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Concerning People Who Know They Are Going Wrong
by [?]

Some five years ago a mere accident gave to the world one of the most gruesome and remarkable pieces of literature that has ever perhaps been seen. A convict named Fury confessed to having committed a murder of an atrocious character. He was brought from prison, put on his trial at Durham, and condemned to death. Every chance was given him to escape his doom; but he persisted in providing the authorities with the most minutely accurate chain of evidence against himself; and, in the end, there was nothing for it but to cast him for death. Even when the police blundered, he carefully set them right–and he could not have proved his own guilt more clearly had he been the ablest prosecuting counsel in Britain. He held in his hand a voluminous statement which, as it seems, he wished to read before sentence of death was passed. The Court could not permit the nation’s time to be thus expended; so the convict handed his manuscript to a reporter–and we thus have possibly the most absolutely curious of all extant thieves’ literature. Somewhere in the recesses of Fury’s wild heart there must have been good concealed; for he confessed his worst crime in the interests of justice, and he went to the scaffold with a serious and serene courage which almost made of him a dignified person. But, on his own confession, he must have been all his life long an unmitigated rascal–a predatory beast of the most dangerous kind. From his youth upward he had lived as a professional thief, and his pilferings were various and extensive. The glimpses of sordid villainy which he frankly gives are so poignantly effective that they put into the shade the most dreadful phases in the life of Villon. He was a mean sneaking wretch who supported a miserable existence on the fruits of other people’s industry, and he closed his list of crimes by brutally stabbing an unhappy woman who had never harmed him. The fellow had genuine literary skill and a good deal of culture; his confession is very different from any of those contained in the Newgate Calendar–infinitely different from the crude horror of the statement which George Borrow quotes as a masterpiece of simple and direct writing. Here is Borrow’s specimen, by-the-way–“So I went with them to a music-booth, where they made me almost drunk with gin and began to talk their flash language, which I did not understand”–and so on. But this dry simplicity is not in Fury’s line. He has studied philosophy; he has reasoned keenly; and, as one goes on through his terrible narrative, one finds that he has mental capacity of a high order. He was as mean a rascal as Noah Claypole: and yet he had a fine clear-seeing intellect. Now what does this gallows-bird tell us? Why, his whole argument is intended to prove that he was an ill-used victim of society! Such a perversion has probably never been quite equalled; but it remains there to show us how firmly my theory stands–that the real scoundrel never knows himself to be a scoundrel. Had Fury settled down in a back street and employed his genius in writing stories, he could have earned a livelihood, for people would have eagerly read his experiences; but he preferred thieving–and then he turned round and blamed other people for hounding him on to theft.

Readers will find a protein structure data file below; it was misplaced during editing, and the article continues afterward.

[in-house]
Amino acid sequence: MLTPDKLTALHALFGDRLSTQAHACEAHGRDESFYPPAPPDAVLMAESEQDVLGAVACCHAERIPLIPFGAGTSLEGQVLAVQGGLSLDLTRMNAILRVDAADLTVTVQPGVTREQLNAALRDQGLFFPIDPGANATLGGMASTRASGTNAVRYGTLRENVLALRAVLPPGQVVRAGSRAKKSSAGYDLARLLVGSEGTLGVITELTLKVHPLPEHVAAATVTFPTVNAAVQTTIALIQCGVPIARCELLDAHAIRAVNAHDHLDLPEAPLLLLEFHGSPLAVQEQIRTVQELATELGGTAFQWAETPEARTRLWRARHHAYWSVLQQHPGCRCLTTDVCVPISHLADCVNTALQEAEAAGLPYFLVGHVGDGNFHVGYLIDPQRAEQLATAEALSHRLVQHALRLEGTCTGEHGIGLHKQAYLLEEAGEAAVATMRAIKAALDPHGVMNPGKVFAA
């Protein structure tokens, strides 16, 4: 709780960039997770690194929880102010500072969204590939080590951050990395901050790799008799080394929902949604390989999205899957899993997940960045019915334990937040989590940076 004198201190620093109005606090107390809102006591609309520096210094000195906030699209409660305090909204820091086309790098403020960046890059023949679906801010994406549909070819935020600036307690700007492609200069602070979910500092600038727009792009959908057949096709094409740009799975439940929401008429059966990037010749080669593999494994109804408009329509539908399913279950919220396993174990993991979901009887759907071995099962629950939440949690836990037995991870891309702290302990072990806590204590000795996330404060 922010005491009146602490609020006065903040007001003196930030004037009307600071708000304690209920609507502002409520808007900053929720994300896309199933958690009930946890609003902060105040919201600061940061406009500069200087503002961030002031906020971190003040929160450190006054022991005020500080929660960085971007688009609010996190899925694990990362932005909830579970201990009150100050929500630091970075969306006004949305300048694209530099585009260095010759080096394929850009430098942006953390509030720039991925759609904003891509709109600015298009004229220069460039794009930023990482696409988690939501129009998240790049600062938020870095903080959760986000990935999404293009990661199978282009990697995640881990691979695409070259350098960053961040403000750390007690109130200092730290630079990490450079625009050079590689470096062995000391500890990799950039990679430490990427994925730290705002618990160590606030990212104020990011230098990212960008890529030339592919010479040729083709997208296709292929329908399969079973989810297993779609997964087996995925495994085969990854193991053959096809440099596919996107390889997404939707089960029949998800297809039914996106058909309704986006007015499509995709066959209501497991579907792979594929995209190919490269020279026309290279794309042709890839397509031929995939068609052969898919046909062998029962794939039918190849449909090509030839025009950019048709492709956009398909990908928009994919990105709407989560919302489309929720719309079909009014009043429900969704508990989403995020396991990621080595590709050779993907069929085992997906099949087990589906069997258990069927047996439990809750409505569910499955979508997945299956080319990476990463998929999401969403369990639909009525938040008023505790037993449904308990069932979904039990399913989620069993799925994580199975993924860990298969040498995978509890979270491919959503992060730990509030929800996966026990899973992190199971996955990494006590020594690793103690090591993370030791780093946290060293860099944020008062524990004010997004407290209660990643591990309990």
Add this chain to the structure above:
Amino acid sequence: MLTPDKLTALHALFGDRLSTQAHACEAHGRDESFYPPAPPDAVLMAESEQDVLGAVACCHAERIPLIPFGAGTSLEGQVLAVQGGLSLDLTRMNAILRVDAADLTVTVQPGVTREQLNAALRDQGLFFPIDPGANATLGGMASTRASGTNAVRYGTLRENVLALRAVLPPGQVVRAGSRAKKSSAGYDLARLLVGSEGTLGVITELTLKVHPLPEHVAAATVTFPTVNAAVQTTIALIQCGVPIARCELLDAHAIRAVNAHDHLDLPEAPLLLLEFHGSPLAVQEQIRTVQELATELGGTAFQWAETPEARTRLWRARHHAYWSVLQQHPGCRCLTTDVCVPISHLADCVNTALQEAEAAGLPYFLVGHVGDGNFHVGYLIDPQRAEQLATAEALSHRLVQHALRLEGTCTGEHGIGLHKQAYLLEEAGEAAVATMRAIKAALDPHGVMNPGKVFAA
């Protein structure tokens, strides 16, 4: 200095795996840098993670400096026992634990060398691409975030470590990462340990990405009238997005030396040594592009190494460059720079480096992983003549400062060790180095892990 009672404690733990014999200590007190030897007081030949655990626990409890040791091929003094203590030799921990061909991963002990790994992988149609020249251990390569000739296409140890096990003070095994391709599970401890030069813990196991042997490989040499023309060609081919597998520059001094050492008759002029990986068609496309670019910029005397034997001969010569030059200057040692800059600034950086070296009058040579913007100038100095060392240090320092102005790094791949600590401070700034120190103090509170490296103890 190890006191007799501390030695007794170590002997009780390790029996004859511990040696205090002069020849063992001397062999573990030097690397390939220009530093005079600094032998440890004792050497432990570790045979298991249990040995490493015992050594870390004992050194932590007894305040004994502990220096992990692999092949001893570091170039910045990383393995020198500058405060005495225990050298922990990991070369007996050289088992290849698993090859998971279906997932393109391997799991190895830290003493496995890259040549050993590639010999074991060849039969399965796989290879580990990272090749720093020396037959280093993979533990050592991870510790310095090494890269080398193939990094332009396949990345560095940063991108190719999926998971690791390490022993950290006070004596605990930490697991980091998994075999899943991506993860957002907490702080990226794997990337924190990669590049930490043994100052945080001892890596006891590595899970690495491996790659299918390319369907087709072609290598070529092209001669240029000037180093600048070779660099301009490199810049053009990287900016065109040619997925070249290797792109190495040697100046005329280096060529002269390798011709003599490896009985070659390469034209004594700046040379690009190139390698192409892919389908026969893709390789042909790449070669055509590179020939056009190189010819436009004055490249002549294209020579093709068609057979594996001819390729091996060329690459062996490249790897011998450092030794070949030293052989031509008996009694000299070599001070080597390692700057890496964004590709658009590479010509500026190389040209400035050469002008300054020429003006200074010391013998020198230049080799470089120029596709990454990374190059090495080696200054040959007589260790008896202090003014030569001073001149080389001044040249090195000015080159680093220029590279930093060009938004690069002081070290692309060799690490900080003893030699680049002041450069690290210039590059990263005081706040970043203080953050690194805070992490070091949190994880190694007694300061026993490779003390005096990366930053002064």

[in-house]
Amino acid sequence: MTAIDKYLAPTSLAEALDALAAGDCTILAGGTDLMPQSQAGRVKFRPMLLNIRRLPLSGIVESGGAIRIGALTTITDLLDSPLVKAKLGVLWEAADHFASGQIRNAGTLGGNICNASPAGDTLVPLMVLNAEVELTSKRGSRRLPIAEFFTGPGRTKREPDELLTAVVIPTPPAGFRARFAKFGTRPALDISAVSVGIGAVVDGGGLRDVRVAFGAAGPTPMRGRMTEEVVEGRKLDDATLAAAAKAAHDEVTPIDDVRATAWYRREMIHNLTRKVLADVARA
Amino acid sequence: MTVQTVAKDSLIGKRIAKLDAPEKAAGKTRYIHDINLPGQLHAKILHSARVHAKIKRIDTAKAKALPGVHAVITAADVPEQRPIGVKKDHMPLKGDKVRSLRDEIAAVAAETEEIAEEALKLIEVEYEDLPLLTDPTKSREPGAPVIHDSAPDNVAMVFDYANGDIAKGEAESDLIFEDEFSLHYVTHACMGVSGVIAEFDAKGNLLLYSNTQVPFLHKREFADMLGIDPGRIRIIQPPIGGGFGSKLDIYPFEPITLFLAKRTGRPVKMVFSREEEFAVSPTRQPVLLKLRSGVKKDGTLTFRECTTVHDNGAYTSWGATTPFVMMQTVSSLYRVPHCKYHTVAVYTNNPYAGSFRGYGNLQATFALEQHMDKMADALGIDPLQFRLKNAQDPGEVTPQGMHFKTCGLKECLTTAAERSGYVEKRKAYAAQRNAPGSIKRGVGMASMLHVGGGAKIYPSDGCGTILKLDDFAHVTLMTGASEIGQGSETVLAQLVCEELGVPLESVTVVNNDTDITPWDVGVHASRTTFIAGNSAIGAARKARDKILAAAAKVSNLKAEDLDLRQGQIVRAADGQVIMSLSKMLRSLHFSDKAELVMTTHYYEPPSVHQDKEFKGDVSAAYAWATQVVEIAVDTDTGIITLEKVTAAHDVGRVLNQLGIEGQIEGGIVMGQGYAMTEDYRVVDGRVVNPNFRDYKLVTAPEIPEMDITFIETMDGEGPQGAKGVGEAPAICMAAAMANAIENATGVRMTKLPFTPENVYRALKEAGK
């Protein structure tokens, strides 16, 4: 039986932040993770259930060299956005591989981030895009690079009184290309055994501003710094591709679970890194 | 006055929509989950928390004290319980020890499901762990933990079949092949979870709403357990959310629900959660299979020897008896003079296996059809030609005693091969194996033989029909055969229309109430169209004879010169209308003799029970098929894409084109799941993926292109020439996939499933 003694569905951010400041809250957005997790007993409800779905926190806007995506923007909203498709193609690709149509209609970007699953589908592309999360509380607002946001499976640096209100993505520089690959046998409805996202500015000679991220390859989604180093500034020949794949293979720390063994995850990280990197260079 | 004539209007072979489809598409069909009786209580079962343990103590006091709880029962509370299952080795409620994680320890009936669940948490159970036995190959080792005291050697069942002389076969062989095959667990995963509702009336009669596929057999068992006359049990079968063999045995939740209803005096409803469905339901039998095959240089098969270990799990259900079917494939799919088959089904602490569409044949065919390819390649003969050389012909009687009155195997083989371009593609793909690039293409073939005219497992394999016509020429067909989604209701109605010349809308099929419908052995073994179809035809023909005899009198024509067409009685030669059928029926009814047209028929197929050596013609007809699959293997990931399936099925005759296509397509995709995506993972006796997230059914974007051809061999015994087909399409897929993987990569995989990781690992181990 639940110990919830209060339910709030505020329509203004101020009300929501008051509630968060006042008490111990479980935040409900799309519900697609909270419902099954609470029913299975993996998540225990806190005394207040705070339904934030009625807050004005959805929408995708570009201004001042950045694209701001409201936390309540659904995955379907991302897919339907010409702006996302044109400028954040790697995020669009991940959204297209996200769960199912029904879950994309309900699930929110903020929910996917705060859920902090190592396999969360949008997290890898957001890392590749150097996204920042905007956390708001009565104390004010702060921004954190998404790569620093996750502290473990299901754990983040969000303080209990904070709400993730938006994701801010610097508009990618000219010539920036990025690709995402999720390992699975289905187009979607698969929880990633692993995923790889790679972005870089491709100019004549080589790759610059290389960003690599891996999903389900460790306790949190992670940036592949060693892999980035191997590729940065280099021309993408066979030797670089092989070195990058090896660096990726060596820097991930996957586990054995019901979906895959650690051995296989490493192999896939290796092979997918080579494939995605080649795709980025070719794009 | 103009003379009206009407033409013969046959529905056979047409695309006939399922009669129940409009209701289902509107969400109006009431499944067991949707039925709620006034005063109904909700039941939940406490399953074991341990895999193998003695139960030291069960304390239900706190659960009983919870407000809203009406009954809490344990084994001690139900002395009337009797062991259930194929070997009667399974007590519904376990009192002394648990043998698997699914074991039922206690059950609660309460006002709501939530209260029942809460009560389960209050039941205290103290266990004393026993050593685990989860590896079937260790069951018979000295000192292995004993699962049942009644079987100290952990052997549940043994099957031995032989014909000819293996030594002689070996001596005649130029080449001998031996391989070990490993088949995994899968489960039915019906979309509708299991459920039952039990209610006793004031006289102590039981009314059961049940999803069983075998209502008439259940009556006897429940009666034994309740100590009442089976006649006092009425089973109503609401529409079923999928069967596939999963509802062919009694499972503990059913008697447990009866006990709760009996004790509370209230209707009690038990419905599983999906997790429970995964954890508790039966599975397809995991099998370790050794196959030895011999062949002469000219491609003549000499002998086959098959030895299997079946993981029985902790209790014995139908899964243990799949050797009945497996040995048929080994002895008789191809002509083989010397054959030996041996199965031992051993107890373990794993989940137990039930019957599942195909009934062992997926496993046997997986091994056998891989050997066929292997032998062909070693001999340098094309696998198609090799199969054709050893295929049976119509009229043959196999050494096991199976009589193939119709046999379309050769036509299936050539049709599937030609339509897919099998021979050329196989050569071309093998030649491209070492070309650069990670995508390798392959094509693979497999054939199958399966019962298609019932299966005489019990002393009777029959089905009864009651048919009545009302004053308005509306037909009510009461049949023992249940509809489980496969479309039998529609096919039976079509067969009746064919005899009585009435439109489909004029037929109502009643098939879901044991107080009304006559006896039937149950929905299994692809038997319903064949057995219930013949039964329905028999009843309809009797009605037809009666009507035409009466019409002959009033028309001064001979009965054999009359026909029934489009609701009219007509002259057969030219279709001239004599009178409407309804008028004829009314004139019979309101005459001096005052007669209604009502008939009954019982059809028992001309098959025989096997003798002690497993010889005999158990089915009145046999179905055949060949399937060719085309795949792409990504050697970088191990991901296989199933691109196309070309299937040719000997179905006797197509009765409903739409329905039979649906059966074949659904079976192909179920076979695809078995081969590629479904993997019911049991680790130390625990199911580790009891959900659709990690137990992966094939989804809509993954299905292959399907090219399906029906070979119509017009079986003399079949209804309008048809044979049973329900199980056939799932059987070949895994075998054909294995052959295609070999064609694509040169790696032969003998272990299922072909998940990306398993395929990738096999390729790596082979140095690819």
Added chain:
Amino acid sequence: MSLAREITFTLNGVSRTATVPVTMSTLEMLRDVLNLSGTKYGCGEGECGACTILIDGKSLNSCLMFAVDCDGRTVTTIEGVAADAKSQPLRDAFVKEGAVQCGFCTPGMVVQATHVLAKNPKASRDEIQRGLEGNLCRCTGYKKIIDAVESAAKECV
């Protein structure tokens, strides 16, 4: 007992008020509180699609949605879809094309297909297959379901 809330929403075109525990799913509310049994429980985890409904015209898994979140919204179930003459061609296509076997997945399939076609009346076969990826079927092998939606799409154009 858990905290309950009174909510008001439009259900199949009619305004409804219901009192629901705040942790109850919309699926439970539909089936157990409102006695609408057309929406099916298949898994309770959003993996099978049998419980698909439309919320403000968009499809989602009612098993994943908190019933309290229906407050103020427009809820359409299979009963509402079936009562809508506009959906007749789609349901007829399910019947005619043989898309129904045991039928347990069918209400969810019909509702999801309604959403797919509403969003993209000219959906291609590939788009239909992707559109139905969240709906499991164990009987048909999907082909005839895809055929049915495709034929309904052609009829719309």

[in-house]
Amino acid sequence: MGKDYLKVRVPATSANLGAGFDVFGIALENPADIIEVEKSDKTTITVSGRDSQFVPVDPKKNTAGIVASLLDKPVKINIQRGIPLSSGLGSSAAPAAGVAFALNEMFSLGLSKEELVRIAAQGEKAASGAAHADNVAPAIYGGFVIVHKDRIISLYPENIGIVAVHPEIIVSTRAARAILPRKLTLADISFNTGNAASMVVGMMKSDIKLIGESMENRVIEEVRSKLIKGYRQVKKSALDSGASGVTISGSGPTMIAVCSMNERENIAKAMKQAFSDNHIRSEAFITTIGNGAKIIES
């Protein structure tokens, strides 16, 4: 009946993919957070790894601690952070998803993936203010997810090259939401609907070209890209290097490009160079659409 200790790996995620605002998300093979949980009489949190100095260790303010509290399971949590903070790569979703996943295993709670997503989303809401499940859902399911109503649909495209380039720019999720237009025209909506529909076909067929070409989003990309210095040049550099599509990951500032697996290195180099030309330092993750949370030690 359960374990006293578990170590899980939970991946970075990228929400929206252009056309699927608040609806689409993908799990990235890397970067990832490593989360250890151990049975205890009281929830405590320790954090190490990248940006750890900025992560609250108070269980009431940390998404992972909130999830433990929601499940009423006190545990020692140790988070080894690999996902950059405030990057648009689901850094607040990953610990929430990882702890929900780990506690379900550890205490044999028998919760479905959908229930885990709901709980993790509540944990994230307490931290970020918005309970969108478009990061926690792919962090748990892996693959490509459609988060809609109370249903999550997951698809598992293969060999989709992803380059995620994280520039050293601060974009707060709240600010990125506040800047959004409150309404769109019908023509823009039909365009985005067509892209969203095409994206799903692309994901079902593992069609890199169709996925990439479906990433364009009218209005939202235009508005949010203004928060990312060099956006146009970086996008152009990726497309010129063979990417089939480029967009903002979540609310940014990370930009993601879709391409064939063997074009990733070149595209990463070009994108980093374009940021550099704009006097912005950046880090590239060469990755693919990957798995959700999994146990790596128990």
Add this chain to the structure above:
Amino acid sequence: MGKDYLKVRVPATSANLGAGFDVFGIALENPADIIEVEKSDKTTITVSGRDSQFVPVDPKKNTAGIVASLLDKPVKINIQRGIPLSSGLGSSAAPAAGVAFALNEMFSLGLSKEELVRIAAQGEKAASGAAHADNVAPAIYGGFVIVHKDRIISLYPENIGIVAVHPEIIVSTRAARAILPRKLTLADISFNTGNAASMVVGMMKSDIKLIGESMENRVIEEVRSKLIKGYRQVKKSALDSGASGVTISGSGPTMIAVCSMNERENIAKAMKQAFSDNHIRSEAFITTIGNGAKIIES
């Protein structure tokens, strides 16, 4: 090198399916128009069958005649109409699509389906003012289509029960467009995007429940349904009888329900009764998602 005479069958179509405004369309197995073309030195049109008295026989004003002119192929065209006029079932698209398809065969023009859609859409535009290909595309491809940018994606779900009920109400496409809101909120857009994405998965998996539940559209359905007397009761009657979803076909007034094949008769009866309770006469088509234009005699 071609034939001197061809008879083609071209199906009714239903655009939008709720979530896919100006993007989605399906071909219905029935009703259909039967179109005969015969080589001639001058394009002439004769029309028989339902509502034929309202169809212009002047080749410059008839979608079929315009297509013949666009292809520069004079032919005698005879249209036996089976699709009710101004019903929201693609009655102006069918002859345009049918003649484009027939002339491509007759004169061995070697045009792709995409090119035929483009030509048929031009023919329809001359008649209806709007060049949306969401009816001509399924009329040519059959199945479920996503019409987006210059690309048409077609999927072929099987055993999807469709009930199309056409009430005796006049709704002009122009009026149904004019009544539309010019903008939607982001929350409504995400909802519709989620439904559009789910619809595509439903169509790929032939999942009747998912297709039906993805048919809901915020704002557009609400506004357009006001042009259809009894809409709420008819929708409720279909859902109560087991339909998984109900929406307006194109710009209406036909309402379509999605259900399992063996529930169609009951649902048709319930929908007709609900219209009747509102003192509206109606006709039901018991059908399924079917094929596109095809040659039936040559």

There are wrong-doers and wrong-doers; there are men who do ill in the world because they are entirely harmful by nature, and they seek to hurt their fellows–there are others who err only from weakness of will. I make no excuse for the weaklings; a man or woman who is weak may do more harm than the vilest criminal, and, when I hear any one talk about that nice man who is nobody’s enemy but his own, I am instantly forced to remember a score or thereabouts of beings whom I know to have been the deadliest foes of those whom they should have cherished. Let us help those who err; but let us have no maudlin pity.